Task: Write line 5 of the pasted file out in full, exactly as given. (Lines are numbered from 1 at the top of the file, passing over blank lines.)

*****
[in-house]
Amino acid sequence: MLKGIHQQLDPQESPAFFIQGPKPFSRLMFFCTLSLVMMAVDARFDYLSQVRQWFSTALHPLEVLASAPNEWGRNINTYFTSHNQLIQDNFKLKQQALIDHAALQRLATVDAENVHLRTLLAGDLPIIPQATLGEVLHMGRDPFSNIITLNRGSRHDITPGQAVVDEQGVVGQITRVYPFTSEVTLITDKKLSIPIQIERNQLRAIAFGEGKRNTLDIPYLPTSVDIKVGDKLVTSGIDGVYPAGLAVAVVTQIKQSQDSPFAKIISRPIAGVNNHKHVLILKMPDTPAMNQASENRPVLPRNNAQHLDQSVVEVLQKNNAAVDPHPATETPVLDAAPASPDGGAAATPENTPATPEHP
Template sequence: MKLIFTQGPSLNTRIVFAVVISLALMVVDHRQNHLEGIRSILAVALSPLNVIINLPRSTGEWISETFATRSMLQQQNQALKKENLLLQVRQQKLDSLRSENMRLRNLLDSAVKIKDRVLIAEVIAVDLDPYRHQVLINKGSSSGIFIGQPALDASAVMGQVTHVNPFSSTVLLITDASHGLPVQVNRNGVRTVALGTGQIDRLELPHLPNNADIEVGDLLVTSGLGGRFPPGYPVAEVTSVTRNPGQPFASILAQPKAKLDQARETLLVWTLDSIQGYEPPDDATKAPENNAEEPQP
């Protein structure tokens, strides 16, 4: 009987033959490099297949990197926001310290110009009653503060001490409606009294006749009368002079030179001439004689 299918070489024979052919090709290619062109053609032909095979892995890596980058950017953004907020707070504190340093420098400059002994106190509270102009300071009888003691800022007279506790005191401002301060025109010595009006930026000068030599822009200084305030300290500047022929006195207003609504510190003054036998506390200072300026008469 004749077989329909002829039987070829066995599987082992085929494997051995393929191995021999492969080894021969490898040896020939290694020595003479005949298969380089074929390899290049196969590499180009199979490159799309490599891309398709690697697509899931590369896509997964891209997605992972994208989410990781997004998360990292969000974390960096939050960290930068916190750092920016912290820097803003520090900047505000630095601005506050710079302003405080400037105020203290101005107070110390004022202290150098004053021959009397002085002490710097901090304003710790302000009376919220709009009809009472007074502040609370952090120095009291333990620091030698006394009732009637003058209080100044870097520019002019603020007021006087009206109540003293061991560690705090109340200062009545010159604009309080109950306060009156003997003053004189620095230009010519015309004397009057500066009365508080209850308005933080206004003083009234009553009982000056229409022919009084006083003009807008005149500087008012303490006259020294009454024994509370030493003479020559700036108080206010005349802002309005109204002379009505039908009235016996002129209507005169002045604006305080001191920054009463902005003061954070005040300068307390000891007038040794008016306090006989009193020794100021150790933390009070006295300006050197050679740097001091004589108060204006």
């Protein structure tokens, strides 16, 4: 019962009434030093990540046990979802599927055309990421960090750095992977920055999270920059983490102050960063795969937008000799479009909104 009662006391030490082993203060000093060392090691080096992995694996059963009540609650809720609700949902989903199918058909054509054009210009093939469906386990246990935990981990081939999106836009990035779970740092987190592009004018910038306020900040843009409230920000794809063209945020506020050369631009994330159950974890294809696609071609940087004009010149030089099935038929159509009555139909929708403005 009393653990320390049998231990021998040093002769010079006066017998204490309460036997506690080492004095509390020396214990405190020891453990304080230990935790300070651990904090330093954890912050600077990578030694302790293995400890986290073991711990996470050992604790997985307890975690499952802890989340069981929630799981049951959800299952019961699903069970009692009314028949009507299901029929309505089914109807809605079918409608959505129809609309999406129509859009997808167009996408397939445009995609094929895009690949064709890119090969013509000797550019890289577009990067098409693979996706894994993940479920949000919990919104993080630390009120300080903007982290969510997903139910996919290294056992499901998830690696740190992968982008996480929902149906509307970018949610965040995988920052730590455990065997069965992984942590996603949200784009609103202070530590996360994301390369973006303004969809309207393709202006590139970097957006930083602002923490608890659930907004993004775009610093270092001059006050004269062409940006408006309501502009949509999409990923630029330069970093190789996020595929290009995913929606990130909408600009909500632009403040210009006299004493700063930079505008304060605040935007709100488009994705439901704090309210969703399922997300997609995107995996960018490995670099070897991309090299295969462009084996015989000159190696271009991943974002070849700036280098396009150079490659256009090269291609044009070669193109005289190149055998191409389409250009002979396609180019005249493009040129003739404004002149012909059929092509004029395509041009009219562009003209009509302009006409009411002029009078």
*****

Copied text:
């Protein structure tokens, strides 16, 4: 019962009434030093990540046990979802599927055309990421960090750095992977920055999270920059983490102050960063795969937008000799479009909104 009662006391030490082993203060000093060392090691080096992995694996059963009540609650809720609700949902989903199918058909054509054009210009093939469906386990246990935990981990081939999106836009990035779970740092987190592009004018910038306020900040843009409230920000794809063209945020506020050369631009994330159950974890294809696609071609940087004009010149030089099935038929159509009555139909929708403005 009393653990320390049998231990021998040093002769010079006066017998204490309460036997506690080492004095509390020396214990405190020891453990304080230990935790300070651990904090330093954890912050600077990578030694302790293995400890986290073991711990996470050992604790997985307890975690499952802890989340069981929630799981049951959800299952019961699903069970009692009314028949009507299901029929309505089914109807809605079918409608959505129809609309999406129509859009997808167009996408397939445009995609094929895009690949064709890119090969013509000797550019890289577009990067098409693979996706894994993940479920949000919990919104993080630390009120300080903007982290969510997903139910996919290294056992499901998830690696740190992968982008996480929902149906509307970018949610965040995988920052730590455990065997069965992984942590996603949200784009609103202070530590996360994301390369973006303004969809309207393709202006590139970097957006930083602002923490608890659930907004993004775009610093270092001059006050004269062409940006408006309501502009949509999409990923630029330069970093190789996020595929290009995913929606990130909408600009909500632009403040210009006299004493700063930079505008304060605040935007709100488009994705439901704090309210969703399922997300997609995107995996960018490995670099070897991309090299295969462009084996015989000159190696271009991943974002070849700036280098396009150079490659256009090269291609044009070669193109005289190149055998191409389409250009002979396609180019005249493009040129003739404004002149012909059929092509004029395509041009009219562009003209009509302009006409009411002029009078």